What Will the Saudi's Next King Mean for Israel?

Saudi King Abdullah, 91, is in worsening medical condition, posing the question of succession and what it will mean for Israel.

Shimon Cohen,

Failing health: Saudi Arabia's King Abdullah
Failing health: Saudi Arabia's King Abdullah
Reuters

Saudi Arabian King Abdullah bin Abdulaziz's serious medical condition suggests an imminent crisis in the country's future. 

To discuss the King's impending death and its anticipated effects, Arutz Sheva spoke with the chair of the Department of Israel and Middle Eastern Politics, Professor Alex Bligh. 

Professor Bligh, a former advisor to the prime minister on Arab affairs, believes that everything that happens in the Middle East has some sort of effect on Israel, and that looming instability in Saudi Arabia is likely to affect us. 

Bligh noted that Saudi Arabia and Israel have become important allies as they both fight to stop the Iranian nuclear program from developing. Their relationship has grown increasingly tight, especially in light of of their opposition to an agreement between Iran and Western powers.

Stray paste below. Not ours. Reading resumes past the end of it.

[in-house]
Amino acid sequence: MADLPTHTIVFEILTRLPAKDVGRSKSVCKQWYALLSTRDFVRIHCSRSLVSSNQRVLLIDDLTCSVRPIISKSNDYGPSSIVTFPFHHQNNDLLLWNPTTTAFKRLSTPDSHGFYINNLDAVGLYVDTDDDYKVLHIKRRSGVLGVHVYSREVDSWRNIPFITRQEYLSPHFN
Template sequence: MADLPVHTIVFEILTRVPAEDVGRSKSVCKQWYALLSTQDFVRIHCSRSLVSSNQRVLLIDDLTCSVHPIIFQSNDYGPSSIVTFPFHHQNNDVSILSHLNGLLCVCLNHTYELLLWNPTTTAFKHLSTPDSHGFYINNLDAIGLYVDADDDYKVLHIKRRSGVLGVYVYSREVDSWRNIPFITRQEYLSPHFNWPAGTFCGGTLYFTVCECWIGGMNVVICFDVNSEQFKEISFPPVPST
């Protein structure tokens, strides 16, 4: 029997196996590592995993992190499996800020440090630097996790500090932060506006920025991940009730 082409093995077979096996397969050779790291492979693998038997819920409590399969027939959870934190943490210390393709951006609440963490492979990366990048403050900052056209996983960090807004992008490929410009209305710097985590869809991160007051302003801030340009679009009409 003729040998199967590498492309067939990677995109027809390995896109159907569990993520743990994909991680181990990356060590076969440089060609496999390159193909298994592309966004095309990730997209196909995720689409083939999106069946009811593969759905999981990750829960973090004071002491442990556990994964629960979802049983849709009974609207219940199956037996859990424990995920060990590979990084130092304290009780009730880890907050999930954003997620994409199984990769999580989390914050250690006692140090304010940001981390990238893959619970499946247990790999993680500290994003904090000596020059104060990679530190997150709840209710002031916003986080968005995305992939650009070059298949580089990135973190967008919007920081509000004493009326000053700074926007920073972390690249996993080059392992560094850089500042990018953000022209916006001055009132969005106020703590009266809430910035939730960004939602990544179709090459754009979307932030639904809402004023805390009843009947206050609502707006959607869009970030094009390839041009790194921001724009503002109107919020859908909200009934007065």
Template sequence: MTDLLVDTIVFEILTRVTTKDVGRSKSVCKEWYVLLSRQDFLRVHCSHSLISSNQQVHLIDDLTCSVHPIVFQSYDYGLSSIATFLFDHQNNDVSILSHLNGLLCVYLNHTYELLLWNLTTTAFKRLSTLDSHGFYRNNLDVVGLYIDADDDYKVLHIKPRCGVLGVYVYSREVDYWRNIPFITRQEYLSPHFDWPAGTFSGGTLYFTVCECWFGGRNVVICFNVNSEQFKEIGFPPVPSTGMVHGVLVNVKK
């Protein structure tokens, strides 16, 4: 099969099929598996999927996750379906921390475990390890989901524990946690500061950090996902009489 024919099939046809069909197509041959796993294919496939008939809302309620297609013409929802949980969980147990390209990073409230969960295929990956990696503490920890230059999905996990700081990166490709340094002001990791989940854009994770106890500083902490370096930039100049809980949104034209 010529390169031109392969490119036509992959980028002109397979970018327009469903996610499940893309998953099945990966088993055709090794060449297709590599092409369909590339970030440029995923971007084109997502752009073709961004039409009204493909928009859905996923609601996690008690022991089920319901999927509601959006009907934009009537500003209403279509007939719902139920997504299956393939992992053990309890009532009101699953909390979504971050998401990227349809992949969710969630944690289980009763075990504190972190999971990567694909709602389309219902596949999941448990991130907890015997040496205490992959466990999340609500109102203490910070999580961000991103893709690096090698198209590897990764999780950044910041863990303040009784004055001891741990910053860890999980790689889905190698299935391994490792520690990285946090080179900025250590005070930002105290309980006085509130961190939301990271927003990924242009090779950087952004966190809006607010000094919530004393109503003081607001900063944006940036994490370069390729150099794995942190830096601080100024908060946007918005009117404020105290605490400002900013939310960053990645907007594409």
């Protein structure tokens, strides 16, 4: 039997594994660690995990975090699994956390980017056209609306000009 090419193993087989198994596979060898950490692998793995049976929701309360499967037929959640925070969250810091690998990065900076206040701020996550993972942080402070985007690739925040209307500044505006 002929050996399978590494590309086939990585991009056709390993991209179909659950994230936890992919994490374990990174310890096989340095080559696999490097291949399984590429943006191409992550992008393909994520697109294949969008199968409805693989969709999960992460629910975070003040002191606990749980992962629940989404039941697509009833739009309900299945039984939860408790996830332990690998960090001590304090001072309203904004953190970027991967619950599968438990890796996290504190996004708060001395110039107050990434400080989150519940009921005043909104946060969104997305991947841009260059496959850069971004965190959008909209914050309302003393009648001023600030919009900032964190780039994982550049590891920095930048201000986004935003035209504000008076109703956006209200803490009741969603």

With regard to the Saudi royal family, Bligh explained that the process of transferring royal heritage was set up about seventy years ago. "The ruling stated that [founder of Saudi Arabia] Ibn Saud had 50 sons - and government should pass between the sons who will have a coalition with the other sons."

Bligh estimated that the 91-year-old King would not last much longer. Additionally, his designated successor Prince Salman, aged 79, is in the initial stages of Alzheimer's disease, meaning the crown might pass to the King's son by a Yemeni maidservant. 

According to Saudi law, a son born to a king by a maidservant, who is then released from servitude, is not allowed to become king. 

"The question now is if you break the Saudi law and appoint him to a term, there will be hundreds of candidates to become king in the future," Bligh explained. 

Moving to the hoped-for personality of the next king, Bligh said, "he should be able to talk to the Americans, but not speak Russian and Chinese. However, he should be able to make secret political deals, which is very important, especially in the Israeli context." 

"This is an unusual skill - to have an advanced Western education while also maintaining the Muslim faith endorsed by the heads of the tribes and religious scholars." 

The final succession decision will fall to two hundred princes, Bligh added. 

As to the Saudi's relationship with Iran, Bligh assured it would not change with the change in government. "The only thing that is certain is that the country will continue to see the significant threat posed to them by Iran." 




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